Opposing Sigala on the ballot as he seeks his second term is Clara Bernardo, a lifelong Tulare resident. Bernardo is also running on a platform of uniting the council. While Sigala has not been a figure of controversy, like Jones and Nunley, he has often been the focus of Jones’ ire and has argued publicly with Jones on several occasions.

In 2016, the year he joined the TCC, Sigala ran an unsuccessful campaign for State Assembly. Sigala, who works as a union organizer, has also discussed a possible future run for a county supervisor seat.

Balloting for the trio of Tulare City Council seats will be held during the general election scheduled for Tuesday, November 3.

6 thoughts on “Controversial Tulare councilmembers seeking re-election

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  1. “It was also during this period a home owned by Nunley burned.”

    Wanna elaborate on this one a little more?

  2. What does Nunley’s personal life such as racing and his house burning have to do with him being on council??? It’s none of our business and unfortunately the media like you have made it out to be our business!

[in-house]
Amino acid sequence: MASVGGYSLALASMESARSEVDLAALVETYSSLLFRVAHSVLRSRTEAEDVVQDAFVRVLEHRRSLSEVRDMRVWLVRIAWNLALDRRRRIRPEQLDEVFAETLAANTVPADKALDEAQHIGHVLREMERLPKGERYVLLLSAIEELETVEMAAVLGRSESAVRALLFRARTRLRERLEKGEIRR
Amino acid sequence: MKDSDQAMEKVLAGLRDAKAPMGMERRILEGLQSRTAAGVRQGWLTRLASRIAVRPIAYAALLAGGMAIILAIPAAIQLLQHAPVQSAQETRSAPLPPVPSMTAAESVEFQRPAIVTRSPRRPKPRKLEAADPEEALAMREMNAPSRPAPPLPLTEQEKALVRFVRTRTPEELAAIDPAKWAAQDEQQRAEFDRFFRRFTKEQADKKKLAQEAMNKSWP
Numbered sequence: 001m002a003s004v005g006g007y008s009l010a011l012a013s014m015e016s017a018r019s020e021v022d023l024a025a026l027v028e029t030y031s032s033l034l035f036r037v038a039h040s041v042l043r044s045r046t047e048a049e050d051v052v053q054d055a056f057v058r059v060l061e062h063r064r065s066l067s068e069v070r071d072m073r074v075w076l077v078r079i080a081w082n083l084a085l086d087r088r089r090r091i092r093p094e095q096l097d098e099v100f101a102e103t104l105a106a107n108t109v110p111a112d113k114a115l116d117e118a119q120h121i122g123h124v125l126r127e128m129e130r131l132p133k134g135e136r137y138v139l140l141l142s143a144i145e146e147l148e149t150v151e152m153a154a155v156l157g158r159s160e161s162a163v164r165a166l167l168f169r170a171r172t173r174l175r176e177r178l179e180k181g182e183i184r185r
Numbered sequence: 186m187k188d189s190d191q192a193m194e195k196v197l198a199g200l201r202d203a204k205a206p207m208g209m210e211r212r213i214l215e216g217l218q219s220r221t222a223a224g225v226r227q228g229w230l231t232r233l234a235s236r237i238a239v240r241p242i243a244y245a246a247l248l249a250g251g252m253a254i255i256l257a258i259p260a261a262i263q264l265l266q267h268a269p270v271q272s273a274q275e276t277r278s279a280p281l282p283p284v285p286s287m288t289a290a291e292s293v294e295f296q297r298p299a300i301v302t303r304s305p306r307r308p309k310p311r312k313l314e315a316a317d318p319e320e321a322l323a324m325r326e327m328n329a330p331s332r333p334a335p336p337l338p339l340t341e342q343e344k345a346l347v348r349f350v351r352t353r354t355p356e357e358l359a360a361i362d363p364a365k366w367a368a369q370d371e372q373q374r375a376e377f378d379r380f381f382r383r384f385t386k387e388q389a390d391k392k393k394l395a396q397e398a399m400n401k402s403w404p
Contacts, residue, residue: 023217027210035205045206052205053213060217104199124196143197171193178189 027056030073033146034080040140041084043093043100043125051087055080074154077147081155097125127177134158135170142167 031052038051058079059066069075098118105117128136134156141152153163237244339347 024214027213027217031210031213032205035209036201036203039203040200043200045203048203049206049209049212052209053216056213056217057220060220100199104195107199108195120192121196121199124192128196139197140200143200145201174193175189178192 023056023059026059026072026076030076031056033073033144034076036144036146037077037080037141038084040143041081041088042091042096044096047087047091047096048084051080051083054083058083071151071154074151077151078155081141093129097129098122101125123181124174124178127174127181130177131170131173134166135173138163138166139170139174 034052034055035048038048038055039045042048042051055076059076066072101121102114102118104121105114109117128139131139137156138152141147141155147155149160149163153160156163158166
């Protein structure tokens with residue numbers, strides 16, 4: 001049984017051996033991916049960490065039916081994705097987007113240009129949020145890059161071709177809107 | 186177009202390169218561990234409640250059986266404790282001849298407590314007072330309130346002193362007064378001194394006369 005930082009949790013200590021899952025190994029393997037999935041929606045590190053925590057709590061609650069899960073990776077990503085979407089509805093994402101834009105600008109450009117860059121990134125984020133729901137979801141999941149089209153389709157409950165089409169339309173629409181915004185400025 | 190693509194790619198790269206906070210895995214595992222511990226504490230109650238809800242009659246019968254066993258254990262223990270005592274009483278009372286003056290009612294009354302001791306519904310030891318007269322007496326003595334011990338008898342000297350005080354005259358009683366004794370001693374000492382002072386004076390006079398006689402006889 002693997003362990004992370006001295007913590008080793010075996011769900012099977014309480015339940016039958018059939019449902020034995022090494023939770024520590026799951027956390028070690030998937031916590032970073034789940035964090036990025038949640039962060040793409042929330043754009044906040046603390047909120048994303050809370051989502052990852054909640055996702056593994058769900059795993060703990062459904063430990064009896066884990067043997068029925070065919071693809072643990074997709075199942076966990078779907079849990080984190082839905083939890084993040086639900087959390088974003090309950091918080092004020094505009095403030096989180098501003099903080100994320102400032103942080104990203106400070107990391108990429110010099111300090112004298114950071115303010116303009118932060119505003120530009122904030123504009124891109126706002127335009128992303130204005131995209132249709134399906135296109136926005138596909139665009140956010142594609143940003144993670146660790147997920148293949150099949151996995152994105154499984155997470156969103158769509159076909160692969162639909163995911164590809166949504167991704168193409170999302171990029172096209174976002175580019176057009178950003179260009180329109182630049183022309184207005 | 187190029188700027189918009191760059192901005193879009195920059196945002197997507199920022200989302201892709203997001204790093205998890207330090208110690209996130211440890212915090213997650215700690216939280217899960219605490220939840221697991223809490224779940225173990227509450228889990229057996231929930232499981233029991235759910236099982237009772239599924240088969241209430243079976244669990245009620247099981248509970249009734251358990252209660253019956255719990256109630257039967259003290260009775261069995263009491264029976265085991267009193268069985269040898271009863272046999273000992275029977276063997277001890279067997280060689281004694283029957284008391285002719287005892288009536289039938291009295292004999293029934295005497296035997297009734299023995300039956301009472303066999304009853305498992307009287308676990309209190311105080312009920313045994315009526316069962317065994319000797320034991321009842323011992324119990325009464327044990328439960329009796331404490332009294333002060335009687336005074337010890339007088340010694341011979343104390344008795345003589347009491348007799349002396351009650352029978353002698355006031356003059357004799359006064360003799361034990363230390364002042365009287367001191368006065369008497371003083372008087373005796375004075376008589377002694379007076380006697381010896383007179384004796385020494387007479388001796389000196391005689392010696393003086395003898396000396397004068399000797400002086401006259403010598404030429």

• Maybe not the home burning, but Nunley being arrested for reckless driving (“racing” as you call it) on public streets while an elected office shows reckless disregard for our laws. That is definitely relevant.

  3. Notwithstanding any opinion I may have regarding Mr Nunley’s actions, I think, very simply, that anyone suing the city for millions of dollars has given up their right to run for council. If elected, it would be a conflict of interest to vote on any subject due the hostility caused by his attempt to injure the city by litigation. This is a no brainer.
    The voters must chose someone else.

  4. It is time for change in Tulare. The City Counsel has had plenty of time to prove their inadequacy. Character of some current members have been proven. Choosing to vote a new candidate in is a win-wiin for citizens of Tulare.